Health Column - Chris Jordan, Clinical Nurse Specialist
Our health column for this month's Worcester News, from Chris Jordan
November is lung cancer awareness month, and as a specialist nurse I always take the opportunity to raise awareness of the signs and symptoms.
This is the most common cancer in the world, and in the UK around 44,000 new cases are diagnosed each year.
I know from my experience with patients in Worcestershire that early diagnosis saves lives, but that far too many people are diagnosed too late.
Whenever I’ve got a spare minute this month you’ll find me in the hospital foyer, talking to patients, staff and visitors about the warning signs. The more people we can make aware, the more lives can be saved – because smaller tumours are so much easier to treat.
It’s really important to pay attention to your health day-to-day. If you have hoarseness in your voice, a cough that won’t go away, breathlessness or weight loss that you can’t understand, it’s worth looking into and visiting your doctor.
When I’m out in the hospital foyer, people come and ask about quitting smoking, and they often talk to me about concerns that they have about a friend or relative.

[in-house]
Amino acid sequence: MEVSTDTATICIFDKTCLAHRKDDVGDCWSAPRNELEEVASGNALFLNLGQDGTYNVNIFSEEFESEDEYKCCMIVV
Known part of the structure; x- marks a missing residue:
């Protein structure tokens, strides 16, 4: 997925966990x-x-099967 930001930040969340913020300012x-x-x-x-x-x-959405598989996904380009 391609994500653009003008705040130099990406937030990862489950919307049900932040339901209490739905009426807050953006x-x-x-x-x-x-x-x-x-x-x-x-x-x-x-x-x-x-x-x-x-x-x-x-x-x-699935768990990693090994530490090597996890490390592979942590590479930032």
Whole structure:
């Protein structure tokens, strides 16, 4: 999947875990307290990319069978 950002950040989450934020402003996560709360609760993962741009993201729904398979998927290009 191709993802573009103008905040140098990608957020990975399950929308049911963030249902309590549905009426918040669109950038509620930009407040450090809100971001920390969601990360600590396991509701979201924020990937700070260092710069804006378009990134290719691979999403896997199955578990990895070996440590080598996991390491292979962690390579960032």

I always give advice about stopping smoking, and I’d recommend contacting our team at the hospital for some great support. But it’s also important that you know that lung cancer can happen to non-smokers too. In fact, one out of every seven people diagnosed each year has never smoked.
The risk of developing lung cancer may also be increased if you have had contact with chemicals like asbestos, radon and diesel exhaust fumes.
But no matter whether you are a smoker or not, if you’ve been coughing for three weeks or more, tell your GP. Because early diagnosis of lung cancer can save lives.